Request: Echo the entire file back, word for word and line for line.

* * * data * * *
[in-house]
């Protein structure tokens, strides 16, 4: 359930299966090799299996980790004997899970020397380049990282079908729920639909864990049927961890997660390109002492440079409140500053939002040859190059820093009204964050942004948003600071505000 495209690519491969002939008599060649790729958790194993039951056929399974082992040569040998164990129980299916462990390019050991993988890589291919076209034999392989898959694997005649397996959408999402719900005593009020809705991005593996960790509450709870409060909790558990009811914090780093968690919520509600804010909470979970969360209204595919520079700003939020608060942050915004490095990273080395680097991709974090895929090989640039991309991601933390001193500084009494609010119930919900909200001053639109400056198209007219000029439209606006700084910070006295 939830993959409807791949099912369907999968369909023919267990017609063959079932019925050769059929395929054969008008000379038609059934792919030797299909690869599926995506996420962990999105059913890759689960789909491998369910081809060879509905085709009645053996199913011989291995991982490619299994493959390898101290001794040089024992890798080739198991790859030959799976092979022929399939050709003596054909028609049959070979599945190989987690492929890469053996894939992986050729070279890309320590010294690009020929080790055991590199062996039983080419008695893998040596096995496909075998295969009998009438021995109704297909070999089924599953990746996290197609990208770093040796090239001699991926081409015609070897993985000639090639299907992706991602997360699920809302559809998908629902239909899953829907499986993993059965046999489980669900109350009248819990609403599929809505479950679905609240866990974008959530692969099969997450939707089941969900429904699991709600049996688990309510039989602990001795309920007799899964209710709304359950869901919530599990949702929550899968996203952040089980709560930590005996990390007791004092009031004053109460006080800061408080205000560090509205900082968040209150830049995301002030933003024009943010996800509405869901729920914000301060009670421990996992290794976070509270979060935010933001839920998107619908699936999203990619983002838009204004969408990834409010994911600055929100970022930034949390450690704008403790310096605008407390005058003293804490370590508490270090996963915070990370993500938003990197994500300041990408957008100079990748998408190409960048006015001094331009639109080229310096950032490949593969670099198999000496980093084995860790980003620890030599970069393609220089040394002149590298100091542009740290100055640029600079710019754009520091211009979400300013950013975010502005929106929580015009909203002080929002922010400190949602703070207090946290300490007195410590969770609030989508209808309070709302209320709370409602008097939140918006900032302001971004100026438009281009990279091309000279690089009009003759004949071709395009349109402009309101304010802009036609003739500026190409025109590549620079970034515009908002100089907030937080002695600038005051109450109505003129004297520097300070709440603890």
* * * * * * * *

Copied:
[in-house]
């Protein structure tokens, strides 16, 4: 359930299966090799299996980790004997899970020397380049990282079908729920639909864990049927961890997660390109002492440079409140500053939002040859190059820093009204964050942004948003600071505000 495209690519491969002939008599060649790729958790194993039951056929399974082992040569040998164990129980299916462990390019050991993988890589291919076209034999392989898959694997005649397996959408999402719900005593009020809705991005593996960790509450709870409060909790558990009811914090780093968690919520509600804010909470979970969360209204595919520079700003939020608060942050915004490095990273080395680097991709974090895929090989640039991309991601933390001193500084009494609010119930919900909200001053639109400056198209007219000029439209606006700084910070006295 939830993959409807791949099912369907999968369909023919267990017609063959079932019925050769059929395929054969008008000379038609059934792919030797299909690869599926995506996420962990999105059913890759689960789909491998369910081809060879509905085709009645053996199913011989291995991982490619299994493959390898101290001794040089024992890798080739198991790859030959799976092979022929399939050709003596054909028609049959070979599945190989987690492929890469053996894939992986050729070279890309320590010294690009020929080790055991590199062996039983080419008695893998040596096995496909075998295969009998009438021995109704297909070999089924599953990746996290197609990208770093040796090239001699991926081409015609070897993985000639090639299907992706991602997360699920809302559809998908629902239909899953829907499986993993059965046999489980669900109350009248819990609403599929809505479950679905609240866990974008959530692969099969997450939707089941969900429904699991709600049996688990309510039989602990001795309920007799899964209710709304359950869901919530599990949702929550899968996203952040089980709560930590005996990390007791004092009031004053109460006080800061408080205000560090509205900082968040209150830049995301002030933003024009943010996800509405869901729920914000301060009670421990996992290794976070509270979060935010933001839920998107619908699936999203990619983002838009204004969408990834409010994911600055929100970022930034949390450690704008403790310096605008407390005058003293804490370590508490270090996963915070990370993500938003990197994500300041990408957008100079990748998408190409960048006015001094331009639109080229310096950032490949593969670099198999000496980093084995860790980003620890030599970069393609220089040394002149590298100091542009740290100055640029600079710019754009520091211009979400300013950013975010502005929106929580015009909203002080929002922010400190949602703070207090946290300490007195410590969770609030989508209808309070709302209320709370409602008097939140918006900032302001971004100026438009281009990279091309000279690089009009003759004949071709395009349109402009309101304010802009036609003739500026190409025109590549620079970034515009908002100089907030937080002695600038005051109450109505003129004297520097300070709440603890």